In publishing this poem, the Author feels that some apology is needed. It deals with matters of a kind not usually treated in modern verse, and which ask to be approached, if at all, with dignity and reverence. He trusts that he will not be found lacking on this essential point. Nevertheless, he cannot expect but that he may wound by his plain speaking the feelings of those among his readers who sincerely believe that Nineteenth Century Civilisation is synonymous with Christianity, and that the English Race, above all those in existence, has a special mission from Heaven to subdue and occupy the Earth. The self-complacency of the Author’s countrymen on this head is too deeply seated to be attacked without offence. He has not, however, shrunk from so attacking, and from insisting on the truth that the hypocrisy and all-acquiring greed of modern England is an atrocious spectacle—one which, if there be any justice in Heaven, must bring a curse from God, as it has surely already made the angels weep. The destruction of beauty in the name of science, the destruction of happiness in the name of progress, the destruction of reverence in the name of religion, these are the pharisaic crimes of all the white races; but there is something in the Anglo-Saxon impiety crueller still: that it also destroys, as no other race does, for its mere vain-glorious pleasure. The Anglo-Saxon alone has in our day exterminated, root and branch, whole tribes of mankind. He alone has depopulated continents, species after species, of their wonderful animal life, and is still yearly destroying; and this not merely to occupy the land, for it lies in large part empty, but for his insatiable lust of violent adventure, to make record bags and kill. That things are so is ample reason for the hardest words the Author can command.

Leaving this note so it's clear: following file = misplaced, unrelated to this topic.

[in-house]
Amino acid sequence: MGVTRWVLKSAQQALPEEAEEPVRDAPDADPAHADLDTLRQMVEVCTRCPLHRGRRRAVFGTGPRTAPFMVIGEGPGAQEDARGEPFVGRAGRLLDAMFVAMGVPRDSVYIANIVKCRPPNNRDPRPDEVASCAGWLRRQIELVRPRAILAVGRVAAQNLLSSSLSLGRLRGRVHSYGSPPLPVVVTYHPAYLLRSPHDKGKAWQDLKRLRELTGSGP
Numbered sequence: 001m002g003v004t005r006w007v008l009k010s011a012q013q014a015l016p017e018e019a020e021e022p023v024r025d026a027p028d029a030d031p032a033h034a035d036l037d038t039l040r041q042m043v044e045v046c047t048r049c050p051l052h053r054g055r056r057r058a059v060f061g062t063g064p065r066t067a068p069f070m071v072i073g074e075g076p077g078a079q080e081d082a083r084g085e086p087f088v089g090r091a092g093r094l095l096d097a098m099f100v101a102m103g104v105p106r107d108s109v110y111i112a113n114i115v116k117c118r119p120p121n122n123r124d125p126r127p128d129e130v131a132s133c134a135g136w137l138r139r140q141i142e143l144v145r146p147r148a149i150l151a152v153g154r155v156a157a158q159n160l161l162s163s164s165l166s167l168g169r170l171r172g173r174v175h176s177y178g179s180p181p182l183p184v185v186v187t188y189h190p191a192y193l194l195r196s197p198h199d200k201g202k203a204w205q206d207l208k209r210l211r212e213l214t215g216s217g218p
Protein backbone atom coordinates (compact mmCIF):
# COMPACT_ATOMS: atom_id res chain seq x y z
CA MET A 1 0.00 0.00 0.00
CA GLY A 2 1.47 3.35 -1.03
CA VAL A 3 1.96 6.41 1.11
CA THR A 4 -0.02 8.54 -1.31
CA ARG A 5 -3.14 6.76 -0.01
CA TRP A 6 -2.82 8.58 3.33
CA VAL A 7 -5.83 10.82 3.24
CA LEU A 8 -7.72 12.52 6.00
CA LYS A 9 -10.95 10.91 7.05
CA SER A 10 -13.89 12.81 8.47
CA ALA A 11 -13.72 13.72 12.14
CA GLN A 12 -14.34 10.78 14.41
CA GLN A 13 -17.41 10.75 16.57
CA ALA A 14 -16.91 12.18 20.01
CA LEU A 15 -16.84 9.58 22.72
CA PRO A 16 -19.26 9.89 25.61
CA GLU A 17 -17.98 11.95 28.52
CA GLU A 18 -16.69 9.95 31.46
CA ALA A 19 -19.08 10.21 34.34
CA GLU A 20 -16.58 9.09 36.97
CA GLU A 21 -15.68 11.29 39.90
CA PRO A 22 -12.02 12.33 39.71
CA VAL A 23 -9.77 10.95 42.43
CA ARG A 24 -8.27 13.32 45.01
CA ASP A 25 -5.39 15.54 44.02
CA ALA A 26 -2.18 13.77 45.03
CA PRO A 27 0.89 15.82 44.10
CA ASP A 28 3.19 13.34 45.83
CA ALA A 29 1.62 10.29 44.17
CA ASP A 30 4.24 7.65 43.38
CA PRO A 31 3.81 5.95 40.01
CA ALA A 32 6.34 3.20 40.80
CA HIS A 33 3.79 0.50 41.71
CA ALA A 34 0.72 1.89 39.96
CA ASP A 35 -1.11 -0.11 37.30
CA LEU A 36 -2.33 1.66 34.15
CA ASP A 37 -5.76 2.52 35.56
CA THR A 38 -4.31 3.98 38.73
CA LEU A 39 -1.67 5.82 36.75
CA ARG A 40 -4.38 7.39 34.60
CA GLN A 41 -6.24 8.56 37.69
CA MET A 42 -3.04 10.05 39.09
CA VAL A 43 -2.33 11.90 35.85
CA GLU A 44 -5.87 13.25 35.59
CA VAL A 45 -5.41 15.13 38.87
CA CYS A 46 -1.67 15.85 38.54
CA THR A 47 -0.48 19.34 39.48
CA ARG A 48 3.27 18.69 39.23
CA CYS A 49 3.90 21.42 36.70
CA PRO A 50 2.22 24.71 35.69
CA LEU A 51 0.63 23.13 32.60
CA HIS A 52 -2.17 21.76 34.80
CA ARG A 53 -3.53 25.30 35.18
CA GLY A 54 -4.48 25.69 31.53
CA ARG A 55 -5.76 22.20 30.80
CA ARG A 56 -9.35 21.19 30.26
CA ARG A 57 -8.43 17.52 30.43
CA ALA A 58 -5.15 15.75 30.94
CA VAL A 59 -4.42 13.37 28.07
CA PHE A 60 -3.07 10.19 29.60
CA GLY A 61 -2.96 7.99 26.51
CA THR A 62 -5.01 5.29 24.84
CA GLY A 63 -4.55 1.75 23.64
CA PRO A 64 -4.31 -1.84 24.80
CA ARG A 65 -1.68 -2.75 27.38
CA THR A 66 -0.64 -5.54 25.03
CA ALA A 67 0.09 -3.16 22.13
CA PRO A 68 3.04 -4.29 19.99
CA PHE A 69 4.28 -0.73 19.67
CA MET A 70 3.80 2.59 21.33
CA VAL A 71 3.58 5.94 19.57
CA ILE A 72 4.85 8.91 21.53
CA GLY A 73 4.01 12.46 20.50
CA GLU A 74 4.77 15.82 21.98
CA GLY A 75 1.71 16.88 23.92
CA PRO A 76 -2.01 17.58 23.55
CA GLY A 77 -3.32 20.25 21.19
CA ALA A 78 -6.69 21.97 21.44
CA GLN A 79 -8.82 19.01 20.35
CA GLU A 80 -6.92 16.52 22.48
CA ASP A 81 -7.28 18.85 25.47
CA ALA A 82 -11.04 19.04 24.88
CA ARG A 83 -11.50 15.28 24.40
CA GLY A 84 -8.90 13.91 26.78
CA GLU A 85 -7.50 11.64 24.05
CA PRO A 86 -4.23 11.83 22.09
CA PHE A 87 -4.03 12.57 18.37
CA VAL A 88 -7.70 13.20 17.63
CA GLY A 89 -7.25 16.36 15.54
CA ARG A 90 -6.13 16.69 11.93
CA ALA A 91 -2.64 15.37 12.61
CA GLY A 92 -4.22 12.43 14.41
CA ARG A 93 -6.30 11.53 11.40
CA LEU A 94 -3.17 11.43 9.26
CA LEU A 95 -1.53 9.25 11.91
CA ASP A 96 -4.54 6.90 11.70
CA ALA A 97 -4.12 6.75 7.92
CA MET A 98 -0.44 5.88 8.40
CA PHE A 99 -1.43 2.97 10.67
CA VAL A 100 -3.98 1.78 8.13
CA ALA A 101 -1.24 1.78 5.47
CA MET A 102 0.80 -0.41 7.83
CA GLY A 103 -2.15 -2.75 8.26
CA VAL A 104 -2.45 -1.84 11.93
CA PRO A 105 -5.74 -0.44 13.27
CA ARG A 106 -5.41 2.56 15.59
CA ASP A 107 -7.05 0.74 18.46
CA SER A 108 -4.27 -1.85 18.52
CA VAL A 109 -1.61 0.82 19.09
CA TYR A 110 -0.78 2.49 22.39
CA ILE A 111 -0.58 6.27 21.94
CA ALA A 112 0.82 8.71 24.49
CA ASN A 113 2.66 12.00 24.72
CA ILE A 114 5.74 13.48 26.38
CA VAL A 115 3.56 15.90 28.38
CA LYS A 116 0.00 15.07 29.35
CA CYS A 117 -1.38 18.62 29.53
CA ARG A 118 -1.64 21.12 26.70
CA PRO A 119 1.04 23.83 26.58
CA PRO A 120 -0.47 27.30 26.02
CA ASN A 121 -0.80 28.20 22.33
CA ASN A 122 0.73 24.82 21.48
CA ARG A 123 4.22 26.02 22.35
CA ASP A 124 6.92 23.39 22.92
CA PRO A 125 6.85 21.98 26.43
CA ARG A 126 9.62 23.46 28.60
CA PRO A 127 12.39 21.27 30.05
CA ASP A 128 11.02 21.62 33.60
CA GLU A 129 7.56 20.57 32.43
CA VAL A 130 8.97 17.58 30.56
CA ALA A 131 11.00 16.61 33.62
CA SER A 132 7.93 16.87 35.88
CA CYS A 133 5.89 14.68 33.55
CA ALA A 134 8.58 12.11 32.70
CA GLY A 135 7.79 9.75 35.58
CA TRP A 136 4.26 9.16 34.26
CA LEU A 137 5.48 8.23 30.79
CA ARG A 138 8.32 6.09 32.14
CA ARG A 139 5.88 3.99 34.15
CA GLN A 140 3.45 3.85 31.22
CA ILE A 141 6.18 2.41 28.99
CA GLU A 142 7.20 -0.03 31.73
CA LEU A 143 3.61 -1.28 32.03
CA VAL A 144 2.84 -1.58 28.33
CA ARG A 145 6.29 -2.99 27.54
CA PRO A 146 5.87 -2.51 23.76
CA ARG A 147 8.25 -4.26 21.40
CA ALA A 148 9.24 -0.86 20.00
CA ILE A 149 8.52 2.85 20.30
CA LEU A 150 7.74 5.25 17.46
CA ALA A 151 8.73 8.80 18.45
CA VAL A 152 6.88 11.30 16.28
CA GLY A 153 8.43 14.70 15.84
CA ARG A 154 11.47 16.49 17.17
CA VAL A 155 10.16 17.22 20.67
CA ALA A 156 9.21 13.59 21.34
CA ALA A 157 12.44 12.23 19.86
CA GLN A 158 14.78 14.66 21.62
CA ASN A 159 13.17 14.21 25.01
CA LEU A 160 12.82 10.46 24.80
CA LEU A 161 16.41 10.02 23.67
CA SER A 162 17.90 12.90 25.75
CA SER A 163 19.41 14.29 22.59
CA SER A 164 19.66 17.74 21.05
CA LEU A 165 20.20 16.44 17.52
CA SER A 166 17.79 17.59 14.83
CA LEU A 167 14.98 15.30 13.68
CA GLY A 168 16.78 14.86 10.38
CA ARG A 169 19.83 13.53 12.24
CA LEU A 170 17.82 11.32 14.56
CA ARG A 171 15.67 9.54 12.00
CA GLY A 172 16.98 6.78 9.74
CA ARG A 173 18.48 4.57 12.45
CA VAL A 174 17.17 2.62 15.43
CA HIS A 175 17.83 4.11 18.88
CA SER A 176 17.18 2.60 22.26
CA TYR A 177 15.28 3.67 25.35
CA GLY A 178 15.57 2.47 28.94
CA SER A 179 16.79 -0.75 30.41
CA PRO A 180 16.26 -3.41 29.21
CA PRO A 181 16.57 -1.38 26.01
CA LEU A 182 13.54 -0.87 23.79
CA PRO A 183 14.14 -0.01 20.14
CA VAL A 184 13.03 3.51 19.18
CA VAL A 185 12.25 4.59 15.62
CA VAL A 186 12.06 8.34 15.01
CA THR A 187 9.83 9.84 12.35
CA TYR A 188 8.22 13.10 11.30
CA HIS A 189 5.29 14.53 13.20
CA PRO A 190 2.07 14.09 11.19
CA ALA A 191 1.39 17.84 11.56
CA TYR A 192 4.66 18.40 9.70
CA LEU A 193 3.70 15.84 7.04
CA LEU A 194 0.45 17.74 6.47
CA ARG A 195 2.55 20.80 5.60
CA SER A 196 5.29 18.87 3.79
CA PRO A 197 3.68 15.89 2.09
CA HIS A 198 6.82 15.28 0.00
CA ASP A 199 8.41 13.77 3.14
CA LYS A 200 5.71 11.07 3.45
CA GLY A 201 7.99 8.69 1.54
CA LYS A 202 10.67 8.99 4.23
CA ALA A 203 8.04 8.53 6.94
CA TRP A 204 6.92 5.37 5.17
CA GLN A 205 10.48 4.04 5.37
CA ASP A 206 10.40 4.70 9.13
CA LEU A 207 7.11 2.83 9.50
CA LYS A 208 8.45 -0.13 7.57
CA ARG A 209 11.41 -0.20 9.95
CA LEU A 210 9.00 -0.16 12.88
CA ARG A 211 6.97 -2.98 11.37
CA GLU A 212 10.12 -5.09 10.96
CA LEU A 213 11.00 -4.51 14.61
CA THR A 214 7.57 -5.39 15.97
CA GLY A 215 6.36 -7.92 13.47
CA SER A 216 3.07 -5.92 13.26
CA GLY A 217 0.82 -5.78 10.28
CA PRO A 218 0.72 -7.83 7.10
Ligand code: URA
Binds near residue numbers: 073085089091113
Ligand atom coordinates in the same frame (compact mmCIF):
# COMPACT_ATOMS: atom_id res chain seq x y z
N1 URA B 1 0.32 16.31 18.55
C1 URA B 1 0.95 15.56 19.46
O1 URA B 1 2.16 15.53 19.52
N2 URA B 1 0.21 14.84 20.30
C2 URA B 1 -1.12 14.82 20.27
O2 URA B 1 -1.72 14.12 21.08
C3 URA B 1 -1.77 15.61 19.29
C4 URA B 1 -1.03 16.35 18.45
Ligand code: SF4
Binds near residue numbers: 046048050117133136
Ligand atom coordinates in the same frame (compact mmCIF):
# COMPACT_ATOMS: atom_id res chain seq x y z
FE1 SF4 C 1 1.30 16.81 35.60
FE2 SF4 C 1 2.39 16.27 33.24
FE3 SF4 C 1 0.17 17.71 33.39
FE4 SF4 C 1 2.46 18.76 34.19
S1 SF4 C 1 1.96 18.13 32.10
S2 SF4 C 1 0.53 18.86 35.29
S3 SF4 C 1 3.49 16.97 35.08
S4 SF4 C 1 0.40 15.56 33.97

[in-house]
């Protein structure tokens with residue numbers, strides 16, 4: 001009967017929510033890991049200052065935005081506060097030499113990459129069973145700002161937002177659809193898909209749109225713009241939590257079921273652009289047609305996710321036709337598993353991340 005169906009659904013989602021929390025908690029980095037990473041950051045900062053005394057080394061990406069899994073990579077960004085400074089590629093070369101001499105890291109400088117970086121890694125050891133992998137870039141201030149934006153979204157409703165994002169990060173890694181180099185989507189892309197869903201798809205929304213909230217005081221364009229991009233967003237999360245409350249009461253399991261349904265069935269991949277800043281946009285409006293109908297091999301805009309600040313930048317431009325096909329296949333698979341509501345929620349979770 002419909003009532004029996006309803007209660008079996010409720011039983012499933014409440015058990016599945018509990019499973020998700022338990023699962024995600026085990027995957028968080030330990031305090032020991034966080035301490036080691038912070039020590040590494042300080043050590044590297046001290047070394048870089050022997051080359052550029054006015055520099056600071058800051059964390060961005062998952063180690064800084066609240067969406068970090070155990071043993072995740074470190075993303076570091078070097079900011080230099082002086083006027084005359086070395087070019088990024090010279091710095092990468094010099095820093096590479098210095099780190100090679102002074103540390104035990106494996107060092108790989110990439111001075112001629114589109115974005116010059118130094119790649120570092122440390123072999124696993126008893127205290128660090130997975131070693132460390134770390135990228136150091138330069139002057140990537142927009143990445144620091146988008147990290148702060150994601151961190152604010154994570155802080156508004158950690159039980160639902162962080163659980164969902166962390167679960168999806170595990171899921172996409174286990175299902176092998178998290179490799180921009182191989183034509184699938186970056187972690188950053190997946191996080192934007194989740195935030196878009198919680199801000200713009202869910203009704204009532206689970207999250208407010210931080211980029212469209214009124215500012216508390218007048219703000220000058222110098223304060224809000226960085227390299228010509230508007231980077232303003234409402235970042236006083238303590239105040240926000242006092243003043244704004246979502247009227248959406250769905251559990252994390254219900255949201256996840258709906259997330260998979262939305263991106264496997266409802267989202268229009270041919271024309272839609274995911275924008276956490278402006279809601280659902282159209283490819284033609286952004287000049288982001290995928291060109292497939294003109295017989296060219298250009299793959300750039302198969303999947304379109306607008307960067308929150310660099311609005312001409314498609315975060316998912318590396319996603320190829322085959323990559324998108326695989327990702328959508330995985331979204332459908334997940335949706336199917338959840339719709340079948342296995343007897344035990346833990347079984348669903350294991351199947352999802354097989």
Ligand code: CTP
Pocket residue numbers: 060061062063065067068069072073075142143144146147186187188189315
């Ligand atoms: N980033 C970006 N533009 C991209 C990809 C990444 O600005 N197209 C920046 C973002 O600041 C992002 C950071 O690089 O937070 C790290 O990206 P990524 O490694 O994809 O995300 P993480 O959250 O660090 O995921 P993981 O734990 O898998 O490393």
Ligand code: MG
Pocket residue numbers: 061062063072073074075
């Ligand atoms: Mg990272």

To his fellow poets and poetic critics the Author too would say a word. He has chosen as the vehicle of his thought a metre to which in English they are unaccustomed, the six-foot Alexandrine couplet. For some reason which the Author has never understood, this, the classic metre in France, has stood in disrepute with us. Yet he ventures to think that, for rhetorical and dramatic purposes, it is infinitely preferable to our own heroic couplet, and preferable even, in any hands but the strongest, to our traditional blank verse. He believes, moreover, that if our skilled dramatists would make trial of it, it would, by its extreme flexibility and the natural break of its cesura, enable them to capture that shyest of all shy things—success in a rhymed modern play. At least, he trusts that they will give it their consideration, and not condemn him off-hand because, having a rhetorical subject to deal with, he has treated it rhetorically and in what he considers the best rhetoric form, though both rhetoric and Alexandrines are out of fashion.
Lastly, he has to discharge, in connection with his poem, a double debt of gratitude. The poem, unworthy as it is, is, by permission, dedicated to the first of living thinkers, Mr....